A year to focus on currency risk: What can European investors do?
European investors are well acquainted with not just the impact of currency risk but the consequences on their equity returns. Over the past three years the Euro has weakened substantially versus the US Dollar, falling by over 22% since January 2014. This has been a boon for investors holding US Dollar denominated assets, typically represented by US equities, which comprise over 60% of a standard MSCI World Developed Markets benchmark. Japan, which at 8.7% is the second largest market in MSCI World, is also an exposure where managing currency risk is key.
2017 may prove to be a landmark year for foreign exchange rates and risk, especially in the context of the Euro. Realised 60 day volatility against the US Dollar, which reached long term low levels at below 4% as recently as September 2014, have recently risen to over 11%. Whilst below previous highs of close to 13% reached in September 2015, it is likely that in an environment of heightened political risk, volatility will remain at elevated levels.
In the short term the key risk for the Euro is further weakness based on the twin prongs of a resurgent US Dollar and the concerns, from various political angles, about the viability of the Euro. In this context it is entirely possible that the Euro could reach parity, which would imply a potential further depreciation of 5%. Counteracting this is the medium term expectation that once through the bulk of the most contentious European elections and with the prospects of rising US interest rates sufficiently discounted the Euro may well enter a phase of stability against the US Dollar.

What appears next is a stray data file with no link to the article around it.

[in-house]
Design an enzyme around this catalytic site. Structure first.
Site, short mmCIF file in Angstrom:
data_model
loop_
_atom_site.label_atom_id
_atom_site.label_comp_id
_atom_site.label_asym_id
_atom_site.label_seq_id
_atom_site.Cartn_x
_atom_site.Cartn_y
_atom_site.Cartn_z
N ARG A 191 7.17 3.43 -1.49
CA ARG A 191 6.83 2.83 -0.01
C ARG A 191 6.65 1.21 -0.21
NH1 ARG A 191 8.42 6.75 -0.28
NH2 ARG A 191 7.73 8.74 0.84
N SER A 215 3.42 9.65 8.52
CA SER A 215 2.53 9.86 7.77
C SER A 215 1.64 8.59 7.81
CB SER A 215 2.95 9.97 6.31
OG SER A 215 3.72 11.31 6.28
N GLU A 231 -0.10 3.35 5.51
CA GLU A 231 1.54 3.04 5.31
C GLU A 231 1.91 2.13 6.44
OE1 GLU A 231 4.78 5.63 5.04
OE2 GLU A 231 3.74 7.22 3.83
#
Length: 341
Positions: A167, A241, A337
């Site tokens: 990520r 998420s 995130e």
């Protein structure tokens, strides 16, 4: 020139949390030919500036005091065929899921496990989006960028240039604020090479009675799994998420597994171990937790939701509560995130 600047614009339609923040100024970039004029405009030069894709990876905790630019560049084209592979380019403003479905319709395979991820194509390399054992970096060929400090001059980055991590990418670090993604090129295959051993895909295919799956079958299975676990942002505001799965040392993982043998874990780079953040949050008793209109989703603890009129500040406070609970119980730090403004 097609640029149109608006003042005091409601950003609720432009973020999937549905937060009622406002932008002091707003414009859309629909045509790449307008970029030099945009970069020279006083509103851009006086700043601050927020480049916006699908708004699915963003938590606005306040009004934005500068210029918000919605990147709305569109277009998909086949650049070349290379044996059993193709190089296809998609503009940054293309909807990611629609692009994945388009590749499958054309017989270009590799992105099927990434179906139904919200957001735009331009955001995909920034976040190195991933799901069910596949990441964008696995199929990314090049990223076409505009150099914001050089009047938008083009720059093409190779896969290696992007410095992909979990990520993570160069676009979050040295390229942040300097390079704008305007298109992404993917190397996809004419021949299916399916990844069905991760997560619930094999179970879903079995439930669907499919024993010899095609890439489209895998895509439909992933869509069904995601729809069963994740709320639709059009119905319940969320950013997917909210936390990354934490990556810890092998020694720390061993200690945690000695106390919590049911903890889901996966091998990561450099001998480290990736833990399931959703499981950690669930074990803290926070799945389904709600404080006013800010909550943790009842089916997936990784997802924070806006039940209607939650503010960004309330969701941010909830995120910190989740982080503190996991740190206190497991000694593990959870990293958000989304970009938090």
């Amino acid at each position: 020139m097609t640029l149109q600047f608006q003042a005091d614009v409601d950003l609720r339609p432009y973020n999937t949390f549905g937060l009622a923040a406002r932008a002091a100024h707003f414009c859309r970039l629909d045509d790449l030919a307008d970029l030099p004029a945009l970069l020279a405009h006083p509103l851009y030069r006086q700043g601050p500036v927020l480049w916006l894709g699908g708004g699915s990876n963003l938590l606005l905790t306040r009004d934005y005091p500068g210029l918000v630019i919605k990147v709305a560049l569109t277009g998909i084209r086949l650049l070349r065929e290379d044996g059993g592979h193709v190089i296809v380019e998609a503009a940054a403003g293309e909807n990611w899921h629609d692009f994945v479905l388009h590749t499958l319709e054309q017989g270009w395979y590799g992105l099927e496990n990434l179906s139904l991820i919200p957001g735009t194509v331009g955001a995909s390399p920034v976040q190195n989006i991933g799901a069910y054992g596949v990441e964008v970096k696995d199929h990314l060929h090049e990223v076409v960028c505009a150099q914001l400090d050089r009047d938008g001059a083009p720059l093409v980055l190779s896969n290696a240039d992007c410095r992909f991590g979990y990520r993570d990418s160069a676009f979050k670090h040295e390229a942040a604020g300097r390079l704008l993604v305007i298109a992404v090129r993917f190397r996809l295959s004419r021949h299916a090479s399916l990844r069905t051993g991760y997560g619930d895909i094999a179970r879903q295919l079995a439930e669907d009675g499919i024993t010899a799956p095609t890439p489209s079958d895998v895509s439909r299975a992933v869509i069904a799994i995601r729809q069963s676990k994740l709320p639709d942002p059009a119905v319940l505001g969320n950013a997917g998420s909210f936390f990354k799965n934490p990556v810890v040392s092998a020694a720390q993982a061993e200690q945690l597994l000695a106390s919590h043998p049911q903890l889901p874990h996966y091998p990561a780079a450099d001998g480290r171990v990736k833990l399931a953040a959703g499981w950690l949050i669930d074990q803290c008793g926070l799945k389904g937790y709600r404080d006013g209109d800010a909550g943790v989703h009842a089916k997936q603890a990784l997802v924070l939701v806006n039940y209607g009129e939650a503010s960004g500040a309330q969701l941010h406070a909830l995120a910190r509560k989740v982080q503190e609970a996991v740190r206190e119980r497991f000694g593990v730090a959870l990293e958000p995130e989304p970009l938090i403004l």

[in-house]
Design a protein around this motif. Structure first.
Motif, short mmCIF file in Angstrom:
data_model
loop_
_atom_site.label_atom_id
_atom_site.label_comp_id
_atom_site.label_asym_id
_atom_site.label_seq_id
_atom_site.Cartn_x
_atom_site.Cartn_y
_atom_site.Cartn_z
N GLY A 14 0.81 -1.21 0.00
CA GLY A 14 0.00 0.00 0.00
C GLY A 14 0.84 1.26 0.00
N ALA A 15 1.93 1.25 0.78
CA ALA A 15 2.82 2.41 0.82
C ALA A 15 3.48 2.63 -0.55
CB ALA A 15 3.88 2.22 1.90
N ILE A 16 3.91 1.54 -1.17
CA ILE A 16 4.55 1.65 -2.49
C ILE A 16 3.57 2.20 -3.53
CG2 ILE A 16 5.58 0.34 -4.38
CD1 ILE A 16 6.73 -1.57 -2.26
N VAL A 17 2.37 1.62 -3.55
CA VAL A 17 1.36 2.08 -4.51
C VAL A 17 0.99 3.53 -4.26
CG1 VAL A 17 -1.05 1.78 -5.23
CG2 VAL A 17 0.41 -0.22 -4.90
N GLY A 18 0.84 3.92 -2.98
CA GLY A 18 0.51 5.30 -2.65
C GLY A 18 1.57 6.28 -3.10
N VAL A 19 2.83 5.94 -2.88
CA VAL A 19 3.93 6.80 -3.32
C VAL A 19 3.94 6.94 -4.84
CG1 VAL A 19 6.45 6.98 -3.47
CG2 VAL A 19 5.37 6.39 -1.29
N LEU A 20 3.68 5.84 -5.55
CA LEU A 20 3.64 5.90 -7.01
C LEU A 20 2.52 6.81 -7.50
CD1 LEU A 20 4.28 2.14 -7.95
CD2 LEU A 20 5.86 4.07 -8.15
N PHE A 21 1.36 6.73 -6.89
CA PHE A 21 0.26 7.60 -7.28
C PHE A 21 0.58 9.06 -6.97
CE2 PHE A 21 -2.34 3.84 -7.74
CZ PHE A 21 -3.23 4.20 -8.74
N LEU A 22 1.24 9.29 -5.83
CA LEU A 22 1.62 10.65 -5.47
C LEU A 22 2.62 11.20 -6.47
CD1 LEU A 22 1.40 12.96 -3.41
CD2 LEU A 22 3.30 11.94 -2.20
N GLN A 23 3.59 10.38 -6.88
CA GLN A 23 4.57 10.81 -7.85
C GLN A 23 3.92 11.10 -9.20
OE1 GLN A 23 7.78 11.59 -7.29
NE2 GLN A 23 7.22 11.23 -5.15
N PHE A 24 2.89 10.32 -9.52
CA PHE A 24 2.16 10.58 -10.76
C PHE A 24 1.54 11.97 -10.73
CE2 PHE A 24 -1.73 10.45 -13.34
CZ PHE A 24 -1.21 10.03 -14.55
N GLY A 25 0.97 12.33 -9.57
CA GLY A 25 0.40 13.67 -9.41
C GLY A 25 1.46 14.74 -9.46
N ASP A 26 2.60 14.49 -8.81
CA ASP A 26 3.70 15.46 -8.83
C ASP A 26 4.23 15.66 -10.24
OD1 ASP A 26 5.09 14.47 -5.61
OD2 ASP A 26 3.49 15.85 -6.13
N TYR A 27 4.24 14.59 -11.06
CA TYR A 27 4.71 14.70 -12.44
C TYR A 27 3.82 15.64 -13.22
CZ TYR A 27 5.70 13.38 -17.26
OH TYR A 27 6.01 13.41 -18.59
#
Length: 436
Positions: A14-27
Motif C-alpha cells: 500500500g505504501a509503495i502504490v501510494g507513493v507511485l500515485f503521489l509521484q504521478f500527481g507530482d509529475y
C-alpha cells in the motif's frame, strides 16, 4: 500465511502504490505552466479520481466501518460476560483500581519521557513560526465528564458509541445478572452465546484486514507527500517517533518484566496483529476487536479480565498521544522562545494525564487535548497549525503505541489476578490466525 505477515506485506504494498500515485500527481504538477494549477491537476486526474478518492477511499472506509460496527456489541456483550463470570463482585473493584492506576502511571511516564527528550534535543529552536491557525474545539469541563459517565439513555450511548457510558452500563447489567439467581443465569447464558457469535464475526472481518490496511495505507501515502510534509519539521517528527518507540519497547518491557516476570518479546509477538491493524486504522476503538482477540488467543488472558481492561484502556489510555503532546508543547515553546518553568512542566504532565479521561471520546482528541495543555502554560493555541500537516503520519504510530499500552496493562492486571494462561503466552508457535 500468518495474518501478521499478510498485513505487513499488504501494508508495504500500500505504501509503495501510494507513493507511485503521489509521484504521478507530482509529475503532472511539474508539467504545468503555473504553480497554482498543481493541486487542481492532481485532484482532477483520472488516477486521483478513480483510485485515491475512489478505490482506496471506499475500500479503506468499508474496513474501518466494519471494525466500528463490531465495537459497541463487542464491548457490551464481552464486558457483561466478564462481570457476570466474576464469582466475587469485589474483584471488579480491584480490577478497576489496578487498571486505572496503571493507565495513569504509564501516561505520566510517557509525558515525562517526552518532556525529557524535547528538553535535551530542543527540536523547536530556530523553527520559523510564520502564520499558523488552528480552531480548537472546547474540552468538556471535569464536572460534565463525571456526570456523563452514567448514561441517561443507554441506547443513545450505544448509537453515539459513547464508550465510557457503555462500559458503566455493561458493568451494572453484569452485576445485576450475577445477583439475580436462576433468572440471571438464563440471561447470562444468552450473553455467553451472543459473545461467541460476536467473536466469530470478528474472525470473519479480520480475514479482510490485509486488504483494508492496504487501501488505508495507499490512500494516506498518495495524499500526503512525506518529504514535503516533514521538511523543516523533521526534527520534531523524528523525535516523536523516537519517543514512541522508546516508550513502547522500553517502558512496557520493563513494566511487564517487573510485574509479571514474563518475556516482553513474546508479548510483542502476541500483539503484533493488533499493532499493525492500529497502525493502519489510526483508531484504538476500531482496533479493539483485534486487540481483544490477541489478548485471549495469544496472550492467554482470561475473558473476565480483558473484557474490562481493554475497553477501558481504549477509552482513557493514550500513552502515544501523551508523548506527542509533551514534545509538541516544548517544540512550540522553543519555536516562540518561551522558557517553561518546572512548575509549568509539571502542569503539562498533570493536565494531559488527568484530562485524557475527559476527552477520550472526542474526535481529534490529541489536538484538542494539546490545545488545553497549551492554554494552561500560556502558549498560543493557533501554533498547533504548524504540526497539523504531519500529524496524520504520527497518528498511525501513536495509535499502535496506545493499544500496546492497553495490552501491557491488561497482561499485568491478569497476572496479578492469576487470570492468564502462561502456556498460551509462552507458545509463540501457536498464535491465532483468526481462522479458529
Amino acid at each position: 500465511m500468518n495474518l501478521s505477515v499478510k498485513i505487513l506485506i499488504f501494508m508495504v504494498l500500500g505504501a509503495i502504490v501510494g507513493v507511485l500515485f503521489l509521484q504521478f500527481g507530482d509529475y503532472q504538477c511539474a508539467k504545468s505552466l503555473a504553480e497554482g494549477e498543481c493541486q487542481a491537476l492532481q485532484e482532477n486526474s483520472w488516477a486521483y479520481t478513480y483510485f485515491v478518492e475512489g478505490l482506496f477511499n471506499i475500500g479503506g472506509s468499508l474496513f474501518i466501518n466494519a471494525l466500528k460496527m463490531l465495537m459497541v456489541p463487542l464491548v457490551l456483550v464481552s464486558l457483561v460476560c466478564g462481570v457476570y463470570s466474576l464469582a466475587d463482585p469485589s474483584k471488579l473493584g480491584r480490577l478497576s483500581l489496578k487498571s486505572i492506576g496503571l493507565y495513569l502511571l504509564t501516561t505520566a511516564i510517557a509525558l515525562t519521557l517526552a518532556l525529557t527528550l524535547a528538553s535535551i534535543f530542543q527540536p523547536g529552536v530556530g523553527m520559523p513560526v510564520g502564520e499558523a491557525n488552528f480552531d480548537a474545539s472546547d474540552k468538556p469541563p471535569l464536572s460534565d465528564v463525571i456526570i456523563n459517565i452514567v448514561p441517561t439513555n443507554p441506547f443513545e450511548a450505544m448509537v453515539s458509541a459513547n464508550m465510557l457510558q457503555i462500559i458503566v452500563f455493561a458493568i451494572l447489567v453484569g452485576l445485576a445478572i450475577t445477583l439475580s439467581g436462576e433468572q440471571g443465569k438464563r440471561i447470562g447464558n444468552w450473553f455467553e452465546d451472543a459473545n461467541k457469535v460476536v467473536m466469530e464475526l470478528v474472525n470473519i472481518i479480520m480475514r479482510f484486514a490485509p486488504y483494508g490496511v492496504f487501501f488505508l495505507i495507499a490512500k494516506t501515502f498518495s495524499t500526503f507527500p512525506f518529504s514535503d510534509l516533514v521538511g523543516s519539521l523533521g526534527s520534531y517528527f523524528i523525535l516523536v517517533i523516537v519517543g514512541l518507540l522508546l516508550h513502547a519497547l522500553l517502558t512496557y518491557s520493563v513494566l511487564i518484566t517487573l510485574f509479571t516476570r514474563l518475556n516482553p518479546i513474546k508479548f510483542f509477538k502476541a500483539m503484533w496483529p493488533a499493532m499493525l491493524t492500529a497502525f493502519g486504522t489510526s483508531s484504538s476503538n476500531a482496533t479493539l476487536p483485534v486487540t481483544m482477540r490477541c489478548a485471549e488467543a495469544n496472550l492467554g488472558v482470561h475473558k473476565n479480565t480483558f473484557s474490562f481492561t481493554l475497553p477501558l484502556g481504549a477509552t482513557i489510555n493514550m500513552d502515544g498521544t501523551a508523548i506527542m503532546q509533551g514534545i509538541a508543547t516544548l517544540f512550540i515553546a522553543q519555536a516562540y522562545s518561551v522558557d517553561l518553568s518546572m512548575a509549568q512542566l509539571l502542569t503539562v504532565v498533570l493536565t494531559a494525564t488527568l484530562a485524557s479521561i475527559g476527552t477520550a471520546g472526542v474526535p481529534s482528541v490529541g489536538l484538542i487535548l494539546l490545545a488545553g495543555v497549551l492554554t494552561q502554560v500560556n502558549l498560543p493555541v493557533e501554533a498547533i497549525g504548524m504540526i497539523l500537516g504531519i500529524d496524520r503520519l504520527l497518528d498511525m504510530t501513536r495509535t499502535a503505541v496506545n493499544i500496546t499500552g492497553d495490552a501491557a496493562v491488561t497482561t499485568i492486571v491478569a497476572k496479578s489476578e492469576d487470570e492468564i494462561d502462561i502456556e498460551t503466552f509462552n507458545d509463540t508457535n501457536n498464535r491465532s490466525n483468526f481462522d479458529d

To hedge or not to hedge?
Two themes are therefore relevant to consider in these scenarios. Specifically having a hedged exposure to US equities via a hedged share class can be important to preserve the equivalent of local equity returns should the Euro strengthen. The flexibility afforded through having an unhedged share class also means that investors can switch accordingly depending on their view of currency movements.
A weak Euro makes it worthwhile to consider export oriented stocks. These typically benefit from such currency moves, and are dominated by large cap multinational companies. We offer both a hedged and unhedged European Equity strategy which provides investors with different choices from a portfolio perspective. Owning Eurozone equities with a long position in the US Dollar via the US Dollar hedge is a way to take into account two sets of returns.
The Yen represents a different opportunity for investors with the Japanese economy in the midst of substantial structural reform and with growth expectations predicated on a weaker Yen. As European investors have seen over the past six months, this decline in the Yen even in the face of a weak Euro would have impacted the returns of unhedged investors in Japanese equities. The Bank of Japan is committed to targeting close to zero interest rates and the government is committed to stimulating domestic demand. In order to position for the expected rebound in corporate earnings and economic activity, WisdomTree believes that an export tilted basket of dividend paying equities combined with a currency hedge may be appropriate. European investors can use either a hedged or unhedged strategy allowing for a flexible approach to managing currency risk.
We expect that currency volatility will remain a feature of markets in 2017 due to the significant number of macro-economic forces at play. Managing currency risk allow investors to focus on the core part of their investment allocation in equities which is typically assessing local equity returns.